In a follow-up to the High Court’s ruling on coronavirus-related business interruption claims by businesses, the UK’s Financial Conduct Authority (FCA) is advising insurers that they must pay all valid claims “in full at the earliest possible date to support business and consumers during the current situation.”
Insurers failing to do so will feel the full weight of the FCA’s regulatory power, the agency warns in a Sept. 18 “Dear CEO” letter signed by Christopher Woolard, interim chief executive of the FCA.
Insurers were instructed to provide the FCA with “at least an initial update on the implications of the judgment” by Sept. 22.
The High Court has scheduled a hearing on applications for potential appeals for Oct. 2.
The case was brought against eight insurers including Hiscox, RSA, QBE and Zurich over whether various business interruption (BI) policy wordings should cover for closures and disruption put in place due to the pandemic. The case is estimated to affect as many as 370,000 policyholders.
The FCA says the case accomplished what it wanted, bringing clarity to the COVID-19 coverage issues for many small-to-medium (SME) businesses by finding in favor of its policyholder arguments on the majority of key issues, while insurers point out they won some parts, too. (See related article titled: Financial Conduct Authority Hails Business Interruption Ruling as Policyholder Win.)
The FCA acknowledges that the judgment did not say that insurers are liable across all of the 21 different types of policy wording considered by the court in the test sample. “Each policy needs to be considered against the detailed judgment to work out what it means for that policy,” said the FCA.
Insurers weighed in after the ruling even as they were just beginning to assess the full impact and decide how to proceed. (See Insurers, Policyholders, Analysts React to UK’s COVID-19 Business Interruption Ruling.)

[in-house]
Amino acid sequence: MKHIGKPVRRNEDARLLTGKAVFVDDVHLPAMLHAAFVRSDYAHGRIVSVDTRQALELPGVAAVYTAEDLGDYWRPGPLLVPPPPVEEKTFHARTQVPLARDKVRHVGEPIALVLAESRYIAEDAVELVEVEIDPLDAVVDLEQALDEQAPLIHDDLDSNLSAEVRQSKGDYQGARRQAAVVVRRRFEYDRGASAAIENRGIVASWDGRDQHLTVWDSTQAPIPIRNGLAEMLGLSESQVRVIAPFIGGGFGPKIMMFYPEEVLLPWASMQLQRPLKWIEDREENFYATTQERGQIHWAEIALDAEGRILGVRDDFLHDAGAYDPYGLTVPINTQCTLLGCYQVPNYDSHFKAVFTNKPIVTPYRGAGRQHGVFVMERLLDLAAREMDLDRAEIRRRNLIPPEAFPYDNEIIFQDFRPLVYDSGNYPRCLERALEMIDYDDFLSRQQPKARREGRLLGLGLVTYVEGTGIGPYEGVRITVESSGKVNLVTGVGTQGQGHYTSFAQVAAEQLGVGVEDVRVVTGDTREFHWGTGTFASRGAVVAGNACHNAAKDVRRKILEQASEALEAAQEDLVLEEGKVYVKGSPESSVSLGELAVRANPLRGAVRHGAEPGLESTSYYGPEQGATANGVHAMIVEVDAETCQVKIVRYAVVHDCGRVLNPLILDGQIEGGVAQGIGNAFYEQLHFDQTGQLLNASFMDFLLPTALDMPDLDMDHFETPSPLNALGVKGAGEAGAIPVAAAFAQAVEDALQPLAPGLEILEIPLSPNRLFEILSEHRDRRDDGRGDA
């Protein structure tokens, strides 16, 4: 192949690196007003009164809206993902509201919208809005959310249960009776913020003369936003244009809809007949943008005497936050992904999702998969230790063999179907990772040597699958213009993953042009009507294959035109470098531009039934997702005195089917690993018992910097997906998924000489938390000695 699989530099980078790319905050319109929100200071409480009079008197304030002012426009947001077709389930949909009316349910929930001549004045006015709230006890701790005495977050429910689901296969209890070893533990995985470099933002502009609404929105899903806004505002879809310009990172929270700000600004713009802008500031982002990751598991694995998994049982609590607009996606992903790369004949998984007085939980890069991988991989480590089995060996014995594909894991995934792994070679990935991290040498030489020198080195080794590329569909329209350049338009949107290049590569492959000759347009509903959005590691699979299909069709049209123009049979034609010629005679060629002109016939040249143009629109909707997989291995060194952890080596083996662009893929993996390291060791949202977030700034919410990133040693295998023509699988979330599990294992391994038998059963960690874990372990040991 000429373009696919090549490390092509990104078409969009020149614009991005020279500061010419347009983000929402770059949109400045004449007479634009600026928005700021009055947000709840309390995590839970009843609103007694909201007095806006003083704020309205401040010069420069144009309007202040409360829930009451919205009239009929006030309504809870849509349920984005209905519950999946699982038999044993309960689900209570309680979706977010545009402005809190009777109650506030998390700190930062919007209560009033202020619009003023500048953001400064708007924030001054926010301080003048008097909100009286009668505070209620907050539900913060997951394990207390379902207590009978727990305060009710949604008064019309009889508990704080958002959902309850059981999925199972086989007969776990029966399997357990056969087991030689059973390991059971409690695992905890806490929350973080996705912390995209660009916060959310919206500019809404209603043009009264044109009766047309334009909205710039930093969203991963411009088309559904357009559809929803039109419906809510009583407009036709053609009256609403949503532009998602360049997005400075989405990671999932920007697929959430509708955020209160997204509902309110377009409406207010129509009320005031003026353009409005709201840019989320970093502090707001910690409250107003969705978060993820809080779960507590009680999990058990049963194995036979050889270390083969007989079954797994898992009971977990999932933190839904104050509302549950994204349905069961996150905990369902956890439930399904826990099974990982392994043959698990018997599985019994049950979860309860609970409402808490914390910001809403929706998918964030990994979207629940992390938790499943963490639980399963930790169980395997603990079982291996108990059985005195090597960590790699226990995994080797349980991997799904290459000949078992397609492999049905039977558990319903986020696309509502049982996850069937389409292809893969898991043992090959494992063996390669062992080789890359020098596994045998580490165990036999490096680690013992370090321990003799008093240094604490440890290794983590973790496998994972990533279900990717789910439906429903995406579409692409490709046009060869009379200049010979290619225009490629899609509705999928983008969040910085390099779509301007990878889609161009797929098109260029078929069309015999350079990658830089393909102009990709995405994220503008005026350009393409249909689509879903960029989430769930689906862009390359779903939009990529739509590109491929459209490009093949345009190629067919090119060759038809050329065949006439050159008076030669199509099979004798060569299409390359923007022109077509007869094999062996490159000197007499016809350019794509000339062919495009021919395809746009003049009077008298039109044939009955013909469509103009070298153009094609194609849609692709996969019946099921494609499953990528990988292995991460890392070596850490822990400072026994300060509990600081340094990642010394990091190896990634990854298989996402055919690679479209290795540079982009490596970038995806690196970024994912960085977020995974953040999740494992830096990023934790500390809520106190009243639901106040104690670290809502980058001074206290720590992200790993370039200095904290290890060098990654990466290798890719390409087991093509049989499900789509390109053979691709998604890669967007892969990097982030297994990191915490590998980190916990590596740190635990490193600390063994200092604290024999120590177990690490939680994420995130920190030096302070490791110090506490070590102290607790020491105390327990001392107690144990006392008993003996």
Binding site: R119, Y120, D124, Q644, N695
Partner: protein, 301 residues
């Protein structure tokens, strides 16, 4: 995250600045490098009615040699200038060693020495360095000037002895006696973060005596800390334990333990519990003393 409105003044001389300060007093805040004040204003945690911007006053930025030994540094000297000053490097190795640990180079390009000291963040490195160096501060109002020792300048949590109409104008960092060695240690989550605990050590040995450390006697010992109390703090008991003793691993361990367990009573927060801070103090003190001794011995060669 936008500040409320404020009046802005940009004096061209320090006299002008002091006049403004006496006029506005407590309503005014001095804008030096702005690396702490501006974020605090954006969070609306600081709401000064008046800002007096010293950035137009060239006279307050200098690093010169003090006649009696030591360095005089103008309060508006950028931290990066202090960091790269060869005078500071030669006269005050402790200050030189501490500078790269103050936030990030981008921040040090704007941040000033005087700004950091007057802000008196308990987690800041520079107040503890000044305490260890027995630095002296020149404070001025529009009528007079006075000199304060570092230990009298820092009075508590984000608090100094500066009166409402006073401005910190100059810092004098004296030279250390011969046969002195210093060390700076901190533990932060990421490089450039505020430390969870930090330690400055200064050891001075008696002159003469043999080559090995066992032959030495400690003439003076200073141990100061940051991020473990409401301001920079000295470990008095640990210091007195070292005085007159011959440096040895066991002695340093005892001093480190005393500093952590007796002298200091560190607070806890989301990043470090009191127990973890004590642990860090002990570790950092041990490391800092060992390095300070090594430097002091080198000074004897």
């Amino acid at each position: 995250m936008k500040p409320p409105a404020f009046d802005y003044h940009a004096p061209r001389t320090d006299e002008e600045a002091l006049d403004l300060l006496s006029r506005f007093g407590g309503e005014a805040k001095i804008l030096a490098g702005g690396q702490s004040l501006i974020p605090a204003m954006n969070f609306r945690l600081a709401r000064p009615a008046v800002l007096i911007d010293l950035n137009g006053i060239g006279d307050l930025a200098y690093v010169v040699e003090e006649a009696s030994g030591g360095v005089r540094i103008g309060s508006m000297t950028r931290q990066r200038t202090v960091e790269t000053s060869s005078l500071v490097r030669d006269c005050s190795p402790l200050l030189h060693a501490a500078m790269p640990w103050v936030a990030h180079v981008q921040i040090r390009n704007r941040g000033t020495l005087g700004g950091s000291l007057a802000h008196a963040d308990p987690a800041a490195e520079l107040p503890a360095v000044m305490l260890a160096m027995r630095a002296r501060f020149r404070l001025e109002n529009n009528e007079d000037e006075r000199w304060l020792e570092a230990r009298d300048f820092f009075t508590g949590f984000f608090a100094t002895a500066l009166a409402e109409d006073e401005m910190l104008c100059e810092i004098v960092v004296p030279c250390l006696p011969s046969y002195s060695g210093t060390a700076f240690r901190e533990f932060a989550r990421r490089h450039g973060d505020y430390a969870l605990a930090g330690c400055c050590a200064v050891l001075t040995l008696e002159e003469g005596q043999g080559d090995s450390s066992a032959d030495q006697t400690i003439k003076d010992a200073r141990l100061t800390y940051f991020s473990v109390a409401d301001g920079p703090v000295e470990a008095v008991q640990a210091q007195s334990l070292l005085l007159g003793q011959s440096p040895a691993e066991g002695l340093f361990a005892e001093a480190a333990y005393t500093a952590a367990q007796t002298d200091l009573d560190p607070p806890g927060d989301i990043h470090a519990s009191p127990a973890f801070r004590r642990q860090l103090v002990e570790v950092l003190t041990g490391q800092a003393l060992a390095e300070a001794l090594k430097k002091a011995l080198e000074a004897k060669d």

Zurich Insurance said the decision affirms its policy interpretations.
QBE said that catastrophe reinsurance will limit the net cost of business interruption claims in its UK insurance business to $70 million. It is weighing whether to appeal.
Hiscox said the judgment clarifies that fewer than one third of its 34,000 UK business interruption policies may respond and it estimates additional COVID-19 claims arising from business interruption to be less than £100 million net of reinsurance.
Insurer RSA said the ruling upheld some but not all of its interpretations of provisions and it estimates the impact of this judgment to be around £85m, which it expects will be reduce further through reinsurance.
Lloyd’s of London said it will “carefully consider” the implications for its customers as well as its impact on the Lloyd’s market.
The Sept. 15 London court ruling came in a test case brought by FCA to clarify insurance coverage for COVID-19 related business interruption claims.
In its latest letter, the FCA urged insurers to not only reassess and settle claims quickly, but also make interim payments wherever possible. The regulator said it wants to ensure that slow payment does not “exacerbate financial pressures” on policyholders.
“In some cases, insurers will feel that the judgment gives them the clarity they need to now conclude their claims processes with their customers. We encourage these insurers to do so as quickly as possible. In other cases, insurers may determine they need to wait to understand whether a specific point in the judgment will be appealed. As you write to your policyholders over the coming week, we expect you to be clear to your policyholders on your next steps,” FCA told insurers in the letter.
“We believe that insurers should reflect on the clarity the judgment provides and, irrespective of any possible appeals, consider the steps they can take now to progress claims of the type that the judgment says should be paid. This should include taking all reasonable steps to ensure that all those claims are ready to be paid and settled at the earliest possible opportunity after any relevant appeals,” the letter said.
The FCA reminded insurers that they typically they should not deduct any government assistance insureds may have received from claims payments.
Top Photo: FAC building.
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